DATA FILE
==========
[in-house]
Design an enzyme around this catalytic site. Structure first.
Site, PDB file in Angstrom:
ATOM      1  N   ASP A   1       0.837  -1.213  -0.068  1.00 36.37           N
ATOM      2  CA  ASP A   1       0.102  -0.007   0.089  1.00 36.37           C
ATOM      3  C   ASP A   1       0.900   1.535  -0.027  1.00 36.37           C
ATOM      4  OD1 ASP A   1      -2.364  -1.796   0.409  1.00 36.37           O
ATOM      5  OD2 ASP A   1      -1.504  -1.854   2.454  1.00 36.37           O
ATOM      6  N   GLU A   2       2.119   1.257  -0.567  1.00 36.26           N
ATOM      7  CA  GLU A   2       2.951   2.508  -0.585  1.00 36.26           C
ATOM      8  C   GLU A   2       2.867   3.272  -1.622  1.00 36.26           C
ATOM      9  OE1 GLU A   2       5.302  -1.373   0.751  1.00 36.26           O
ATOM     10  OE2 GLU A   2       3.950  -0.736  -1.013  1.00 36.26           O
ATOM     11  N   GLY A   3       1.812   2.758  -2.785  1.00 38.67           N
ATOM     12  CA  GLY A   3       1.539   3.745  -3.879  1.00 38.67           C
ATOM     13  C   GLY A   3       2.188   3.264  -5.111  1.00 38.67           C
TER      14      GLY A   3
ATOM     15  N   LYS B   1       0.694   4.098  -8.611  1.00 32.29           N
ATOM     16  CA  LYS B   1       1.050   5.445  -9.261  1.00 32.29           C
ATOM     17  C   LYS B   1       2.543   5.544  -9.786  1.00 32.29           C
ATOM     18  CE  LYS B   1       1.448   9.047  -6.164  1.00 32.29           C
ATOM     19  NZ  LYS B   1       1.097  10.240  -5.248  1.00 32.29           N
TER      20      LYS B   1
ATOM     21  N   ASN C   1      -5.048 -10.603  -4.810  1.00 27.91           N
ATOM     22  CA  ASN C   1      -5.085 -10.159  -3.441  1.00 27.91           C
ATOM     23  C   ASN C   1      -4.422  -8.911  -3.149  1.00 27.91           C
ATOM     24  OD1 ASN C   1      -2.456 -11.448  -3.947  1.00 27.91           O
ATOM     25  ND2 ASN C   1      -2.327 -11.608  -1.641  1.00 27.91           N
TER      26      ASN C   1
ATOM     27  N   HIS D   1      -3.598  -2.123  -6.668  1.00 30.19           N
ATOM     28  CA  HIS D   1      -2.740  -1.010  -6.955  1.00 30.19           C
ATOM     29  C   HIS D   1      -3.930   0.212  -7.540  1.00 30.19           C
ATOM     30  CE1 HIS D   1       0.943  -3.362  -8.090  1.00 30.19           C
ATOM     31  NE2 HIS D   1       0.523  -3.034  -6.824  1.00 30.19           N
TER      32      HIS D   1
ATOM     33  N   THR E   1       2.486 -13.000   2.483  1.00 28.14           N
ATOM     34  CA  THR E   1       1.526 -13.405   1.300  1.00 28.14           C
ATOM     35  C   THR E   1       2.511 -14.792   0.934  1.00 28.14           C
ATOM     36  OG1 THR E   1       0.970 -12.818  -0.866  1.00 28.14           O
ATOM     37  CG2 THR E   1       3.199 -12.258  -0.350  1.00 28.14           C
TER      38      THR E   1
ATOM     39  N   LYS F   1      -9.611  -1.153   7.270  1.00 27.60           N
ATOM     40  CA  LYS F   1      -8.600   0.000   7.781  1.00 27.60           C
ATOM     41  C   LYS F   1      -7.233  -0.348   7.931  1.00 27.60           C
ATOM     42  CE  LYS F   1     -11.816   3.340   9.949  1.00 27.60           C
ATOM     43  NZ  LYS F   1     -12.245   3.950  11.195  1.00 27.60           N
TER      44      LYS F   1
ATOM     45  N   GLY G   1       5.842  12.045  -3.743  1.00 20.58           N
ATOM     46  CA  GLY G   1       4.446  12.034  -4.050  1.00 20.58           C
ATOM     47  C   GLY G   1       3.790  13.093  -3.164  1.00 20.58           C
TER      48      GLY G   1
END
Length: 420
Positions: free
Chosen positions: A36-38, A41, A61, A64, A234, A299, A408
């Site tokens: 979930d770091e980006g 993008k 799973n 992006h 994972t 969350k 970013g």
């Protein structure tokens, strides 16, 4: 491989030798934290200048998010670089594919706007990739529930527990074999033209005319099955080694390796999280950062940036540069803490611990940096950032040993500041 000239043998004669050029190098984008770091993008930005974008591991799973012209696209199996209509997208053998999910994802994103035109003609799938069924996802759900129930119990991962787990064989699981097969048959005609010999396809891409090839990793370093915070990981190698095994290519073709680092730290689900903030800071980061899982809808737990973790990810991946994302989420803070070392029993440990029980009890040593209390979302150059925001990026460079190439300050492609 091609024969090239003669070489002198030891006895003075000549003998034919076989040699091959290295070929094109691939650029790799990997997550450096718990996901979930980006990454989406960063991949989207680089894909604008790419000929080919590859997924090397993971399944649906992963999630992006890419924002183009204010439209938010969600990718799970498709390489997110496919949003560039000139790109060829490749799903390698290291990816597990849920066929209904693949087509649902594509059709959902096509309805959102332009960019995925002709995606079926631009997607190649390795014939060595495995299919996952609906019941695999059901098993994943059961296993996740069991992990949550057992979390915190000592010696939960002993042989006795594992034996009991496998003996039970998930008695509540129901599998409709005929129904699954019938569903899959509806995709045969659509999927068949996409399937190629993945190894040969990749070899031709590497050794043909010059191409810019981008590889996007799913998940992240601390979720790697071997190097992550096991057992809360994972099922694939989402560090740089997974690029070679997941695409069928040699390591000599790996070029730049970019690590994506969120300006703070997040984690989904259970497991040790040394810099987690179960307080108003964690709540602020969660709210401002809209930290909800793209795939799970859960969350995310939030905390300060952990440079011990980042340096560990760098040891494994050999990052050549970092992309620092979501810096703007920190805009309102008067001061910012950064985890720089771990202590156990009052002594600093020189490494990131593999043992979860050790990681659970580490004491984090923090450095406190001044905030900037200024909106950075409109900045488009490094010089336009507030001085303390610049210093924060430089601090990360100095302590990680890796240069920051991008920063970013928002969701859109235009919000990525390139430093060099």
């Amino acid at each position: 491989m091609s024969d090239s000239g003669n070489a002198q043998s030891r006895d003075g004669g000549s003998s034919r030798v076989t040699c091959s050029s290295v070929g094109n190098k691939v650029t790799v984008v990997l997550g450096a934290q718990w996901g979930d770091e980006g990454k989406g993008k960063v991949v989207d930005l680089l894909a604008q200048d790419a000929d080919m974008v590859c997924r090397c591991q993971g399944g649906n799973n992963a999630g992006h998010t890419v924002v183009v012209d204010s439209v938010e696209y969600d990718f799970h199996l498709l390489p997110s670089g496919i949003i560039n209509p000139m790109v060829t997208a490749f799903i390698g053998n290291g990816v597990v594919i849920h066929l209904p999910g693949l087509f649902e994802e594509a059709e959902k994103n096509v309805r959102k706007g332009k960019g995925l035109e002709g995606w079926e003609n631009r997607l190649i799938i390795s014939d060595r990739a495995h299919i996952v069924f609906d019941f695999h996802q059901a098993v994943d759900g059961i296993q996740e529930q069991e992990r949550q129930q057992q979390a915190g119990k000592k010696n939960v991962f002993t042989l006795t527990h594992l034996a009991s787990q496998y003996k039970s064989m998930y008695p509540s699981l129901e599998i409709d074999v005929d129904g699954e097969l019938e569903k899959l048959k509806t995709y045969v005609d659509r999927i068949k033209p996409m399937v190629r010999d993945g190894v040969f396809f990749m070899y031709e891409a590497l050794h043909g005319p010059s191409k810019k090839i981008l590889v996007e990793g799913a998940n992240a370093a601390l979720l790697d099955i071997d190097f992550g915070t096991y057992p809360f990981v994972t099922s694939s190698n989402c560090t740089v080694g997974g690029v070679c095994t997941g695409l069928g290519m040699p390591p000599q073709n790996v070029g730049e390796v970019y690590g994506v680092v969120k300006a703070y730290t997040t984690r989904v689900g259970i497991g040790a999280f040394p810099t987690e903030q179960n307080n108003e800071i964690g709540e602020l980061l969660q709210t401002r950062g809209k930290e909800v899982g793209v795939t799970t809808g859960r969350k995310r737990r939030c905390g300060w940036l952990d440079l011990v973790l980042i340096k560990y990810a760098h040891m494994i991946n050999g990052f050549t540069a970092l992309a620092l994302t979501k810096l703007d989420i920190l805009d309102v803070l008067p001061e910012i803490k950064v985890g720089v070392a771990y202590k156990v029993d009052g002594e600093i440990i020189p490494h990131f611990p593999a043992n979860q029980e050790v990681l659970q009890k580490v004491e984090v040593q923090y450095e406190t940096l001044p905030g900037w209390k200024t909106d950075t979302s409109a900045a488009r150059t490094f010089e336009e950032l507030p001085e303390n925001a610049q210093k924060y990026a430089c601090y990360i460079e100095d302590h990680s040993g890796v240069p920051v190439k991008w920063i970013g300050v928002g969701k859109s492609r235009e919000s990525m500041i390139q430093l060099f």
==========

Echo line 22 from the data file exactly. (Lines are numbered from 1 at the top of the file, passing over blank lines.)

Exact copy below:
ATOM     19  NZ  LYS B   1       1.097  10.240  -5.248  1.00 32.29           N